The Unique Squat Variation NFL Prospects Are Using to Improve Their 40-Yard Dash

Learn more about the Hatfield Squat and how this variation builds faster athletes.

Squats make better athletes. That's why strength coaches almost universally have their athletes do some type of Squat in their training.

We recently had the opportunity to watch NFL prospects, including Jamal Adams, Takkarist McKinley and T.J. Watt, train for the NFL Scouting Combine at EXOS (Phoenix), and sure enough, they did Squats. However, they performed a unique variation called the Safety Bar Handle Squat, also referred to as the Hatfield Squat.

The Hatfield Squat is similar to a Back Squat with two major differences: 1) You use a safety bar (shown below) instead of a straight barbell; and 2) You put your hands on handles or the cage in front of you, not on the bar.

Rogue Safety Bar

Jonathan Barlow, the strength and conditioning coach at EXOS who directs the NFL Combine Prep strength program, outlines the distinct benefits of this unique Squat variation.

1) The Safety Bar is Safe

T.J. Watt Squat

A safety bar is fitted with two pads that sit on your shoulders on each side of your neck. It has handles that you can hold in front, which Barlow says is easier on the shoulders than holding a barbell on your back—a reason why pitchers are often told to do Safety Bar Squats instead of Back Squats.

In this case, the pads allow a lifter to take his hands off the bar without having it slide off his back. He can then place his hands on the squat rack poles or the handles in front of him.

"If a guy has knee issues and can't necessarily get a lot of bend at the ankle or knee, the handles allow him to sit back into the Squat a bit more without falling over," says Barlow. "It allows us to work around some injuries and still be able to load them safely."

2) It Builds Serious Strength

Raekwon Squat

Barlow explains that holding onto the handles takes away some common weaknesses or limiting factors of the Back Squat. It reduces stress on the upper body and improves stability, shifting the work to the hips and legs.

"When there's more stability, they're allowed to push more and utilize their legs more," he says.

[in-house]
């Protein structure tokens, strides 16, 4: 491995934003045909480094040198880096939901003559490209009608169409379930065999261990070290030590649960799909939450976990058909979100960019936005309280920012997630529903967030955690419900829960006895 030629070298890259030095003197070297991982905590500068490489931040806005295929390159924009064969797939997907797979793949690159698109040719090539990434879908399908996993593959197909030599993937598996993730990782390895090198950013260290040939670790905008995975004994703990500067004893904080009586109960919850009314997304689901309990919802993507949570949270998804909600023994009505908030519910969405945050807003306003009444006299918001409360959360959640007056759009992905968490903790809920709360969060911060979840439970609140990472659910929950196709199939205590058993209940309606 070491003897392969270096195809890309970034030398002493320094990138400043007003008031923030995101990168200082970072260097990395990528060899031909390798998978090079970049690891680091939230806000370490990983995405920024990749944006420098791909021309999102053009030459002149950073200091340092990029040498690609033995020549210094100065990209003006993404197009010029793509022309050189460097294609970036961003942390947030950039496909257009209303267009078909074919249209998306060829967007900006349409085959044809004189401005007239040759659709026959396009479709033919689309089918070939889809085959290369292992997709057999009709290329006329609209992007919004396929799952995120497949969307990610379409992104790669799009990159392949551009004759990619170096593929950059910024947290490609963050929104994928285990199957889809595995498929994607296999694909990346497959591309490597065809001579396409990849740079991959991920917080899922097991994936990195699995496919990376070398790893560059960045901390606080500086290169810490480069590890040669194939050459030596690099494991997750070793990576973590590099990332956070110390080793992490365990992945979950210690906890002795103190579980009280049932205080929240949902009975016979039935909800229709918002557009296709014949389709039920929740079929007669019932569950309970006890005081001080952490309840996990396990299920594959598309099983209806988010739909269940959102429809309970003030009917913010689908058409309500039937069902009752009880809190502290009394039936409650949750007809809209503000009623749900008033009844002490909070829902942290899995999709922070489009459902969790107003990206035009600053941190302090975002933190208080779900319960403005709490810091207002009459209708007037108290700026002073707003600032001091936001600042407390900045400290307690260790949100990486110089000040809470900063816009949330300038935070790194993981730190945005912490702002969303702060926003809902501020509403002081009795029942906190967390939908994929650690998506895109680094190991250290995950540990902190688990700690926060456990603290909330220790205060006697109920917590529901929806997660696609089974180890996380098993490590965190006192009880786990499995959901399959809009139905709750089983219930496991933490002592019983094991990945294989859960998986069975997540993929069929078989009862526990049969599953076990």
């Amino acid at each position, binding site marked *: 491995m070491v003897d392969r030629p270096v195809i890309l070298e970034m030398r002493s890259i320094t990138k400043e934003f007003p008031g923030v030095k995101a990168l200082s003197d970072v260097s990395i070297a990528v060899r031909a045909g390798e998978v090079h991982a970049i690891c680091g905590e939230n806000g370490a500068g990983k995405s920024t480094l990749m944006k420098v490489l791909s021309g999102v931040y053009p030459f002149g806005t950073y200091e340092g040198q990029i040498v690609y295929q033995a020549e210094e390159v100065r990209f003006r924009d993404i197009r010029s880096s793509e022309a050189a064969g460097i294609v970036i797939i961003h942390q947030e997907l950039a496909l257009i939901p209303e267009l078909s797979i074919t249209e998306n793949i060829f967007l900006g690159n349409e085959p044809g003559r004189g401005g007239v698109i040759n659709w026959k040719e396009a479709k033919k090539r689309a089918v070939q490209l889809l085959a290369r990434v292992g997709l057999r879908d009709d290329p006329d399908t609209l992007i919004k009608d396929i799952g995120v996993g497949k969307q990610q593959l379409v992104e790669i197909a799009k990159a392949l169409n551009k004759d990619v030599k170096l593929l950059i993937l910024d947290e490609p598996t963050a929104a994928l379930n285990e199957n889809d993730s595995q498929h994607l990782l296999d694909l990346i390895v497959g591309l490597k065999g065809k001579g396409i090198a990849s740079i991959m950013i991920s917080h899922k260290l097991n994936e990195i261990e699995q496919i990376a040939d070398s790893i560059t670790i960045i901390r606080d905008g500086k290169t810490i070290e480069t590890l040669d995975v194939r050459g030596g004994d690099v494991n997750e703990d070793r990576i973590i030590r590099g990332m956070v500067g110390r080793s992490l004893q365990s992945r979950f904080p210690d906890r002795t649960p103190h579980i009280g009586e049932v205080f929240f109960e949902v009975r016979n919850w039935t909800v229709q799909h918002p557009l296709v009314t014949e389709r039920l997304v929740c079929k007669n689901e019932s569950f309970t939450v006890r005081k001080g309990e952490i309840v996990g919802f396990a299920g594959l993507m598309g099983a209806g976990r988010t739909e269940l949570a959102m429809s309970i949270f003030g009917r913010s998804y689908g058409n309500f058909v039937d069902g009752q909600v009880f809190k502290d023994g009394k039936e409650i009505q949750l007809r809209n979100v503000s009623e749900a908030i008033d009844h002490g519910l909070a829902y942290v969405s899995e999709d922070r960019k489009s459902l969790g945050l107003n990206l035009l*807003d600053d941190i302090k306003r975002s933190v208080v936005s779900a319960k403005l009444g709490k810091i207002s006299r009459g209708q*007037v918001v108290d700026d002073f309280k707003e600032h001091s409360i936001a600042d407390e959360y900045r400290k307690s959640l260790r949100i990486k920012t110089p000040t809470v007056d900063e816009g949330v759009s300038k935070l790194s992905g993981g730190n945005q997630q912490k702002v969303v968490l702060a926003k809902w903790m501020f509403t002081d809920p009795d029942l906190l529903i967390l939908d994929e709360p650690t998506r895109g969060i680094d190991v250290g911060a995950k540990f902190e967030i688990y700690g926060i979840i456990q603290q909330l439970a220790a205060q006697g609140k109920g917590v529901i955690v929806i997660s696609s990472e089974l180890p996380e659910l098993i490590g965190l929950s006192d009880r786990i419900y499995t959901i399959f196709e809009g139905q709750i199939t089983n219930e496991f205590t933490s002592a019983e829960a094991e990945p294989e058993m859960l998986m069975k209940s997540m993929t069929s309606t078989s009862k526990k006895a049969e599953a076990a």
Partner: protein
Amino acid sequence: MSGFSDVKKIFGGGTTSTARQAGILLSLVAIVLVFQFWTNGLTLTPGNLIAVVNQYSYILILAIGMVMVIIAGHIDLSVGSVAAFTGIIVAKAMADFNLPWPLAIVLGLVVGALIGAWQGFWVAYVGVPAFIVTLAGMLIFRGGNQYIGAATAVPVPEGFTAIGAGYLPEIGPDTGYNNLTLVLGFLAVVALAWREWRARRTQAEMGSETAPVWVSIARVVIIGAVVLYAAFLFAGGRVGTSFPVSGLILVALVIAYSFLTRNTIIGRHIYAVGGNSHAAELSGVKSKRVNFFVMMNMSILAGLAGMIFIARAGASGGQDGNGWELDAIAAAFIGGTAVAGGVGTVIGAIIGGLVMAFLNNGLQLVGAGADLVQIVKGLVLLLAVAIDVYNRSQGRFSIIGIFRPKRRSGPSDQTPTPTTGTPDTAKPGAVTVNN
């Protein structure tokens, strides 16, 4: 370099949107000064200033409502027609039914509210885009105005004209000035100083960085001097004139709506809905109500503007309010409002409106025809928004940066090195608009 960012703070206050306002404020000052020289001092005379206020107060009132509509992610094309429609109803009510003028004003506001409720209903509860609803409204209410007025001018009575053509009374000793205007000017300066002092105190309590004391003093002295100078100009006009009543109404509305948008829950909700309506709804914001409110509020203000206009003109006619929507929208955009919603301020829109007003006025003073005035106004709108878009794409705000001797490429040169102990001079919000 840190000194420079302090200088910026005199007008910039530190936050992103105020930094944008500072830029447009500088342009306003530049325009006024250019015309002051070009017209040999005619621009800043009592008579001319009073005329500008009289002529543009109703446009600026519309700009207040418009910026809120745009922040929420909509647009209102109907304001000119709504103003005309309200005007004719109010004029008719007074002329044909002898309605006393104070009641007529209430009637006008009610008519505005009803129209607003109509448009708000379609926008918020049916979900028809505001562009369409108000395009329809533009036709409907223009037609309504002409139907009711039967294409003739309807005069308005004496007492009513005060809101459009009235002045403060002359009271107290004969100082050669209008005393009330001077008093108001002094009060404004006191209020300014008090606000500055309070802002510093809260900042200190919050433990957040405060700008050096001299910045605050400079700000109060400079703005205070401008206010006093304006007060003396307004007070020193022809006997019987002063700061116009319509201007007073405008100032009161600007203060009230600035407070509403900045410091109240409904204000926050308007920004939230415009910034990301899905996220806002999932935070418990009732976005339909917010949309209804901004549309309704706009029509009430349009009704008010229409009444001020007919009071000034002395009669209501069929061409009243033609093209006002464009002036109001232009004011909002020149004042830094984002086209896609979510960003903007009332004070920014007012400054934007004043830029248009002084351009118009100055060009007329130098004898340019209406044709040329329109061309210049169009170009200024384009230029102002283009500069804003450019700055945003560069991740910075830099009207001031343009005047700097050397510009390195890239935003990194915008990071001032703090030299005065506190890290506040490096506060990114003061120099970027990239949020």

It's also possible to pull yourself up with the handles.

"We don't teach the guys to pull themselves up," Barlow says. "But when they get really heavy and do heavy singles above 90 percent of their max, they will start using their hands a little bit. And that's OK."

This allows for Squats that are heavier than traditional barbell Back Squats, because you can lower the heavy weight and then pull yourself up if you get stuck. Lower-body muscles are forced to move heavier weights, resulting in greater strength gains in the muscles that are directly involved in athletic skills.

How does this Improve NFL Scouting Combine Scores?

Tak Squat

It's all about horsepower. An athlete who can squat more weight has more potential to put force into the ground, which results in faster sprints and higher/farther jumps.

"A Ferrari can go fast because it has a lot horsepower under the hood," says Barlow. "It's the same thing with these guys."

However, horsepower is only a part of the equation. The athletes need to turn that strength into explosive power with exercises like Cleans, Explosive Squats and Jumps to teach their muscles to fire quickly. A strong Squat doesn't guarantee that you will be fast, but it does provide the foundation on which to build speed.

Now to address the elephant in the room. Who has a safety bar? Unless you go to a strength and conditioning facility, you're probably out of luck. That said, be on the lookout for safety bars to become more popular in the coming years. Maybe one day all gyms will have this versatile piece of equipment that allows you to safely challenge your lower body.


Photo Credit: Getty Images // Thinkstock